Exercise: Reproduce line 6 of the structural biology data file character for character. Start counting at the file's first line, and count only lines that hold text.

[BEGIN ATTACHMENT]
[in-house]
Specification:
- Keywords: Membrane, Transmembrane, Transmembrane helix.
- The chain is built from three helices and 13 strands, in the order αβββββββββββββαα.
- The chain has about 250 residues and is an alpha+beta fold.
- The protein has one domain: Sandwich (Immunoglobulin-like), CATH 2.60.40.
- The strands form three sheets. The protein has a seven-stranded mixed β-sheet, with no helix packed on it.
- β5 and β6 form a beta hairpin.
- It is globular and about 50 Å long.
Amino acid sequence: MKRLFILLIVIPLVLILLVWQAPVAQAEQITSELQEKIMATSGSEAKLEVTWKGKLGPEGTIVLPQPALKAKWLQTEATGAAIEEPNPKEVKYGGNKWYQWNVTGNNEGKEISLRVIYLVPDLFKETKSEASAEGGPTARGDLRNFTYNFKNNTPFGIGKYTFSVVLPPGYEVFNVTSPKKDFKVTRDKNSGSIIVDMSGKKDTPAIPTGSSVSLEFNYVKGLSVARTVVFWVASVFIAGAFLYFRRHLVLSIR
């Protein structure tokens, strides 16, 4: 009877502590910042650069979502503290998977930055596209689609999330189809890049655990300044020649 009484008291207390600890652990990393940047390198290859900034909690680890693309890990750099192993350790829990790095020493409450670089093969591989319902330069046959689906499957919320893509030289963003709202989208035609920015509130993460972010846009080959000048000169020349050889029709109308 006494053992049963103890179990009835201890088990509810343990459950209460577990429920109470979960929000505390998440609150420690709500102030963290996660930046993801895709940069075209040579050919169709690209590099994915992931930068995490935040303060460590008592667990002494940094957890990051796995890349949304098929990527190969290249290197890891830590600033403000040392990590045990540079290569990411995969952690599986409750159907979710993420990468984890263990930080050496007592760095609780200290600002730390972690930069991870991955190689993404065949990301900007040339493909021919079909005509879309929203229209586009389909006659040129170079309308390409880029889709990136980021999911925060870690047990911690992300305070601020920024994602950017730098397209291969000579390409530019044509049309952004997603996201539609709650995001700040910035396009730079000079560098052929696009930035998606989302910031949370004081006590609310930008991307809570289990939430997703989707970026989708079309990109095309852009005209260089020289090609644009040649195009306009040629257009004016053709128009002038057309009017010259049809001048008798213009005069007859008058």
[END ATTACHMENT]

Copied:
- The protein has one domain: Sandwich (Immunoglobulin-like), CATH 2.60.40.